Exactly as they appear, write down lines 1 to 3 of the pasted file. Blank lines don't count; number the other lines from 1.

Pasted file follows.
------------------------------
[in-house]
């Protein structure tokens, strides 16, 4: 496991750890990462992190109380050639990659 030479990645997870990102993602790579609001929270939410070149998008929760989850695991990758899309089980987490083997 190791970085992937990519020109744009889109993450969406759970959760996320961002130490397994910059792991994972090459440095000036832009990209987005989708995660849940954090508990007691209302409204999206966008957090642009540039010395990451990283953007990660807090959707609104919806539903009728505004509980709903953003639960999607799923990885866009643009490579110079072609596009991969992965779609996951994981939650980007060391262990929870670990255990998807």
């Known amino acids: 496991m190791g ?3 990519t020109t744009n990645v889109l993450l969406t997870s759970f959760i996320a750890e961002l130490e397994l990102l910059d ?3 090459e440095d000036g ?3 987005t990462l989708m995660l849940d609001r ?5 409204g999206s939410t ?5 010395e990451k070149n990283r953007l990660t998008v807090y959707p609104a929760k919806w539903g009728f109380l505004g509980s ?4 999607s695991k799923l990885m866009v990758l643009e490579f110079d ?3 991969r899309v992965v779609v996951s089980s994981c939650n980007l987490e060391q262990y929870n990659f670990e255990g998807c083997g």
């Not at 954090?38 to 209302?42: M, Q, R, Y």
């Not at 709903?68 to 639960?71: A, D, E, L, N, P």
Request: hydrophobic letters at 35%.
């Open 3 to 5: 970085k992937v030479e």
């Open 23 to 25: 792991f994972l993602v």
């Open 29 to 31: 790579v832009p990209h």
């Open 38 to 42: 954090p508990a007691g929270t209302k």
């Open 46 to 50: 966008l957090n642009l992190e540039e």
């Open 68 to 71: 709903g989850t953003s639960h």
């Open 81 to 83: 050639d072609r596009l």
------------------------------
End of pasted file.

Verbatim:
[in-house]
């Protein structure tokens, strides 16, 4: 496991750890990462992190109380050639990659 030479990645997870990102993602790579609001929270939410070149998008929760989850695991990758899309089980987490083997 190791970085992937990519020109744009889109993450969406759970959760996320961002130490397994910059792991994972090459440095000036832009990209987005989708995660849940954090508990007691209302409204999206966008957090642009540039010395990451990283953007990660807090959707609104919806539903009728505004509980709903953003639960999607799923990885866009643009490579110079072609596009991969992965779609996951994981939650980007060391262990929870670990255990998807």
């Known amino acids: 496991m190791g ?3 990519t020109t744009n990645v889109l993450l969406t997870s759970f959760i996320a750890e961002l130490e397994l990102l910059d ?3 090459e440095d000036g ?3 987005t990462l989708m995660l849940d609001r ?5 409204g999206s939410t ?5 010395e990451k070149n990283r953007l990660t998008v807090y959707p609104a929760k919806w539903g009728f109380l505004g509980s ?4 999607s695991k799923l990885m866009v990758l643009e490579f110079d ?3 991969r899309v992965v779609v996951s089980s994981c939650n980007l987490e060391q262990y929870n990659f670990e255990g998807c083997g």